Irs Identifies Key Audit Areas For Sole Proprietor Llcs-ca1816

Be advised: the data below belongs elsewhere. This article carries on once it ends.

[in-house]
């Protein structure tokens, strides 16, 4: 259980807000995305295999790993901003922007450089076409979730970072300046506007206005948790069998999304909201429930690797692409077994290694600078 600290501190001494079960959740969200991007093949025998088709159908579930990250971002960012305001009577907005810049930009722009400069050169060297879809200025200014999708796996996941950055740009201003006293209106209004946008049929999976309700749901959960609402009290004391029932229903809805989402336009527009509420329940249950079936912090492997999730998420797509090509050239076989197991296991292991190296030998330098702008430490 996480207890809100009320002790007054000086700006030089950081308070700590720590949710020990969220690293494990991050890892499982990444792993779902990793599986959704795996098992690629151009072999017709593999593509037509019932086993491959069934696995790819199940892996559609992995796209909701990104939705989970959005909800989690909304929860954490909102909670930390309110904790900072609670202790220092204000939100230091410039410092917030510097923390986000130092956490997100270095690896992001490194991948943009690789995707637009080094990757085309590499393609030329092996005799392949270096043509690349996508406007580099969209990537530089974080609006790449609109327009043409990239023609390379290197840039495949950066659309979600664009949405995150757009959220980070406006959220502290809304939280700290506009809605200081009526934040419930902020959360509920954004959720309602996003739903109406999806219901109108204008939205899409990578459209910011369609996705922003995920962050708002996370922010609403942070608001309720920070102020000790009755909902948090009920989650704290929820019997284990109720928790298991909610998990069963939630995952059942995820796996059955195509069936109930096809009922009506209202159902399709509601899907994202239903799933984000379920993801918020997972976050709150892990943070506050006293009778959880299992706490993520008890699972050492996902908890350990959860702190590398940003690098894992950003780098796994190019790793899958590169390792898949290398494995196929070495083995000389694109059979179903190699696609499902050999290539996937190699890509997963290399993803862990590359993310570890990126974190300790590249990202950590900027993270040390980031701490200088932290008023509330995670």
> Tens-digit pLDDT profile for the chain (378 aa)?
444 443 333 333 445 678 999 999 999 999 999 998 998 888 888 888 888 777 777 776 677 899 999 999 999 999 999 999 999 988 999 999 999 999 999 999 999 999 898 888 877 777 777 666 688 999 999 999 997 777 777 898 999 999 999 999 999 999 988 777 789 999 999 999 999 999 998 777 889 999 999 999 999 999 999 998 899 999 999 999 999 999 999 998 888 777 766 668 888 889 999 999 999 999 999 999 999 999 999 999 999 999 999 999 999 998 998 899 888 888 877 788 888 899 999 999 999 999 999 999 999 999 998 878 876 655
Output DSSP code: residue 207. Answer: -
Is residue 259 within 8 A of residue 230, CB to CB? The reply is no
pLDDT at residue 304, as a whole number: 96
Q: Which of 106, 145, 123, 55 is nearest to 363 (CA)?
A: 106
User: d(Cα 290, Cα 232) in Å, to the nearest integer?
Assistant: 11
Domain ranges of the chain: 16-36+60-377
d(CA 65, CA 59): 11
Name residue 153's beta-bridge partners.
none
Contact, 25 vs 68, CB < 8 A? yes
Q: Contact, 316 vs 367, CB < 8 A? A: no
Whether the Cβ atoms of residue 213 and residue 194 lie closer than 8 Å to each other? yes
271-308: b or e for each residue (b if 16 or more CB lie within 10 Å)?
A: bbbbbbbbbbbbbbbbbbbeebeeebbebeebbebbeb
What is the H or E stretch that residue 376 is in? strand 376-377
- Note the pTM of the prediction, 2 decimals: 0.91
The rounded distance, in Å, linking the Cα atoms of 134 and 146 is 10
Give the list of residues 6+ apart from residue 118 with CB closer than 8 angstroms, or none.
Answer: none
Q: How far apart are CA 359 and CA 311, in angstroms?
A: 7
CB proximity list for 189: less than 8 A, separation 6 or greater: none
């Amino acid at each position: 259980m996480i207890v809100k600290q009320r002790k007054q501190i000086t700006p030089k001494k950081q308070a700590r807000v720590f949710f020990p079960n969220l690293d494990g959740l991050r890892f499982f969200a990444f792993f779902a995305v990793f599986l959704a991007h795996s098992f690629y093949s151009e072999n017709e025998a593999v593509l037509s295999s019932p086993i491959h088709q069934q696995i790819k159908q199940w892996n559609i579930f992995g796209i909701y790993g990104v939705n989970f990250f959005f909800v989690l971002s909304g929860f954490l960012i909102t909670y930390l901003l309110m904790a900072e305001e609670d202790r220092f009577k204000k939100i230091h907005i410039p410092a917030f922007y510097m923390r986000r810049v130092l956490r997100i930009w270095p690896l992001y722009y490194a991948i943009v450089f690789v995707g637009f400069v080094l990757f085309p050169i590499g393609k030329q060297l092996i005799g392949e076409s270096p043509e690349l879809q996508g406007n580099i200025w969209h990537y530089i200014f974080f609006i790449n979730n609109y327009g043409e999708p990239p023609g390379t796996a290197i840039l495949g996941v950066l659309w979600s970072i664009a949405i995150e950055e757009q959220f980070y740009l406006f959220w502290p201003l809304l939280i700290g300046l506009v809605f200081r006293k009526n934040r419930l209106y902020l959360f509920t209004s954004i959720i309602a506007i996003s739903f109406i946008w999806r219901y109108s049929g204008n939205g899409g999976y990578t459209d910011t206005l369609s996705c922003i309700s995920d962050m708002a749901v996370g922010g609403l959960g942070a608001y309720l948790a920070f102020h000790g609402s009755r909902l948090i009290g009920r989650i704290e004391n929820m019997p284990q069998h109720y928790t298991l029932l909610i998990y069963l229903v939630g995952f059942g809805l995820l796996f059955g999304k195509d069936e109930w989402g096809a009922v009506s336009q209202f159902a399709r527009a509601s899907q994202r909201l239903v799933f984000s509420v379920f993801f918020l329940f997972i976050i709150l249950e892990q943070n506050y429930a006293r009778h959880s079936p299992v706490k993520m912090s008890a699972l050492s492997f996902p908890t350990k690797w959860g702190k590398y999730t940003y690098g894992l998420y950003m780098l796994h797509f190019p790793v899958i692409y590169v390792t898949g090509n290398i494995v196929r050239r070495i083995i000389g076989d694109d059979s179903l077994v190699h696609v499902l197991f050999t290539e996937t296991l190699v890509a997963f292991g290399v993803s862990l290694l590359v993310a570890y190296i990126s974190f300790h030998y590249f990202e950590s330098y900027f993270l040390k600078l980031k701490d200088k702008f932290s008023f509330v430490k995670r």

UnCategorized Small business owners operating as single member LLC’s have consistently been the target of IRS audits. They file their business in.e and expenses on Schedule C of their personal in.e tax returns. The individual business owners, often called "solopreneurs", have a big, fat bull’s eye on their backs when it .es to tax .pliance. Why? The IRS has determined that small business owners filing schedule C have the most likelihood to be underreporting their in.e or overstating their expenses. This information is based on research done by the National Research Program (NRP), the arm of the IRS that collects data to measure taxpayer .pliance. The IRS has determined the following areas are where most of the "cheating" occurs. If this sounds like you, it’s time to stiffen up your record-keeping and documentation for 2010 in order to minimize the downside if you are audited by the IRS. The primary audit areas are: 1. In.e – IRS suspects are many small business owners are under reporting their in.e, not reporting cash in.e, and/or not properly reporting in.e earned from barters and cancelled debts. 2. Car & Truck Expenses – IRS suspects that many small business owners are overstating their expenses by either not reducing their costs by their personal usage or by overstating the number of business miles actually travelled every year. 3. Travel & Entertainment – IRS suspects that small business owners routinely charge personal travel and meals against their business. Only ordinary and necessary business related expenses for travel and entertainment are deductible. 4. Rents – IRS suspects that business owners that own buildings that are being rented from them by their business are overcharging their business for rent in order to avoid self employment taxes. Rents must be "reasonable" and reflect current market rents for the area. 5. Sham Businesses – These are write-offs by individuals who really are not operating a business but are trying to write off the expenses of their hobbies against their other earned in.e. Be sure you are operating your business like a business if you expect to get the write-offs that are available to a business. 6. Independent Contractors – the IRS suspects that small business owners are treating employees as independent contractors to avoid the payroll taxes associated with employees. If you have independent contractors that you are paying, be sure that you are in .pliance with the rules that differentiate employees from independent contractors. There are definitely steps you can take to minimize the risks of being audited in these areas. Proper documentation of deductions is the key. For example, proper receipts, business mileage logs, and independent contractor agreements play a big role as to whether the IRS allows you to keep your deductions during the audit. Another strategy would be to select a different entity to run your business such as a corporation, S corporation or partnership. The proper entity selection is based on your unique circumstance and should be discussed with your tax advisor. About the Author: 相关的主题文章: